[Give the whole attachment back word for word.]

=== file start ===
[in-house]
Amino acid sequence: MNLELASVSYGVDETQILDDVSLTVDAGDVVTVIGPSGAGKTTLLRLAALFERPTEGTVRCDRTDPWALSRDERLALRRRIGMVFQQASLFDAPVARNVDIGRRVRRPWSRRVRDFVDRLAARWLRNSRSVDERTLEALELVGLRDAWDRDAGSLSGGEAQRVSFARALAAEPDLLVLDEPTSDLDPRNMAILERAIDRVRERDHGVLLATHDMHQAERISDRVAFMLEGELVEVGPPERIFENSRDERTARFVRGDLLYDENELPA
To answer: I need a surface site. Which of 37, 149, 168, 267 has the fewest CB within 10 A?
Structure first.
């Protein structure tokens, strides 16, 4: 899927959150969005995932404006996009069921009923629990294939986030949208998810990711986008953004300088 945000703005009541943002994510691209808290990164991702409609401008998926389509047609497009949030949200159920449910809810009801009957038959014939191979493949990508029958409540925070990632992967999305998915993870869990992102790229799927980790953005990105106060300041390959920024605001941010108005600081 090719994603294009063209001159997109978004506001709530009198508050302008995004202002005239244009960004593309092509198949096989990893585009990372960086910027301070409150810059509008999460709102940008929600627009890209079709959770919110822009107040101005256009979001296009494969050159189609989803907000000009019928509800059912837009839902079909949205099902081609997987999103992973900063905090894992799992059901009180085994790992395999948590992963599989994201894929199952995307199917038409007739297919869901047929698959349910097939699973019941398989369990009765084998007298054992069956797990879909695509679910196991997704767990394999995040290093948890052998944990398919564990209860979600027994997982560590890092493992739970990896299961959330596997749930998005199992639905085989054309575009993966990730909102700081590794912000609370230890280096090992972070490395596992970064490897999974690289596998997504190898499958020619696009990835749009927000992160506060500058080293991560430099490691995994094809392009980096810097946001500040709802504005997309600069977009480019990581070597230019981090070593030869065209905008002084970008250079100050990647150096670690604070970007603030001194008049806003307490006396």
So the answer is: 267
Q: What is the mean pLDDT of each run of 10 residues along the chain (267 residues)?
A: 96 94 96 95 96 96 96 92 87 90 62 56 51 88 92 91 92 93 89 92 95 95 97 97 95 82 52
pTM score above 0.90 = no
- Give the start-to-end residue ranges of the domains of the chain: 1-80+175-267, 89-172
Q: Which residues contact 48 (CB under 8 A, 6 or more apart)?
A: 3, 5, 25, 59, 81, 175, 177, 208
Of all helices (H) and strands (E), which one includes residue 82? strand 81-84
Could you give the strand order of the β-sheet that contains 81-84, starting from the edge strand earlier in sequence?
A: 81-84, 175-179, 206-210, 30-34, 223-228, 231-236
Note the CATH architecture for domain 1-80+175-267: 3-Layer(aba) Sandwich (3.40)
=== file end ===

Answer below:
[in-house]
Amino acid sequence: MNLELASVSYGVDETQILDDVSLTVDAGDVVTVIGPSGAGKTTLLRLAALFERPTEGTVRCDRTDPWALSRDERLALRRRIGMVFQQASLFDAPVARNVDIGRRVRRPWSRRVRDFVDRLAARWLRNSRSVDERTLEALELVGLRDAWDRDAGSLSGGEAQRVSFARALAAEPDLLVLDEPTSDLDPRNMAILERAIDRVRERDHGVLLATHDMHQAERISDRVAFMLEGELVEVGPPERIFENSRDERTARFVRGDLLYDENELPA
To answer: I need a surface site. Which of 37, 149, 168, 267 has the fewest CB within 10 A?
Structure first.
């Protein structure tokens, strides 16, 4: 899927959150969005995932404006996009069921009923629990294939986030949208998810990711986008953004300088 945000703005009541943002994510691209808290990164991702409609401008998926389509047609497009949030949200159920449910809810009801009957038959014939191979493949990508029958409540925070990632992967999305998915993870869990992102790229799927980790953005990105106060300041390959920024605001941010108005600081 090719994603294009063209001159997109978004506001709530009198508050302008995004202002005239244009960004593309092509198949096989990893585009990372960086910027301070409150810059509008999460709102940008929600627009890209079709959770919110822009107040101005256009979001296009494969050159189609989803907000000009019928509800059912837009839902079909949205099902081609997987999103992973900063905090894992799992059901009180085994790992395999948590992963599989994201894929199952995307199917038409007739297919869901047929698959349910097939699973019941398989369990009765084998007298054992069956797990879909695509679910196991997704767990394999995040290093948890052998944990398919564990209860979600027994997982560590890092493992739970990896299961959330596997749930998005199992639905085989054309575009993966990730909102700081590794912000609370230890280096090992972070490395596992970064490897999974690289596998997504190898499958020619696009990835749009927000992160506060500058080293991560430099490691995994094809392009980096810097946001500040709802504005997309600069977009480019990581070597230019981090070593030869065209905008002084970008250079100050990647150096670690604070970007603030001194008049806003307490006396």
So the answer is: 267
Q: What is the mean pLDDT of each run of 10 residues along the chain (267 residues)?
A: 96 94 96 95 96 96 96 92 87 90 62 56 51 88 92 91 92 93 89 92 95 95 97 97 95 82 52
pTM score above 0.90 = no
- Give the start-to-end residue ranges of the domains of the chain: 1-80+175-267, 89-172
Q: Which residues contact 48 (CB under 8 A, 6 or more apart)?
A: 3, 5, 25, 59, 81, 175, 177, 208
Of all helices (H) and strands (E), which one includes residue 82? strand 81-84
Could you give the strand order of the β-sheet that contains 81-84, starting from the edge strand earlier in sequence?
A: 81-84, 175-179, 206-210, 30-34, 223-228, 231-236
Note the CATH architecture for domain 1-80+175-267: 3-Layer(aba) Sandwich (3.40)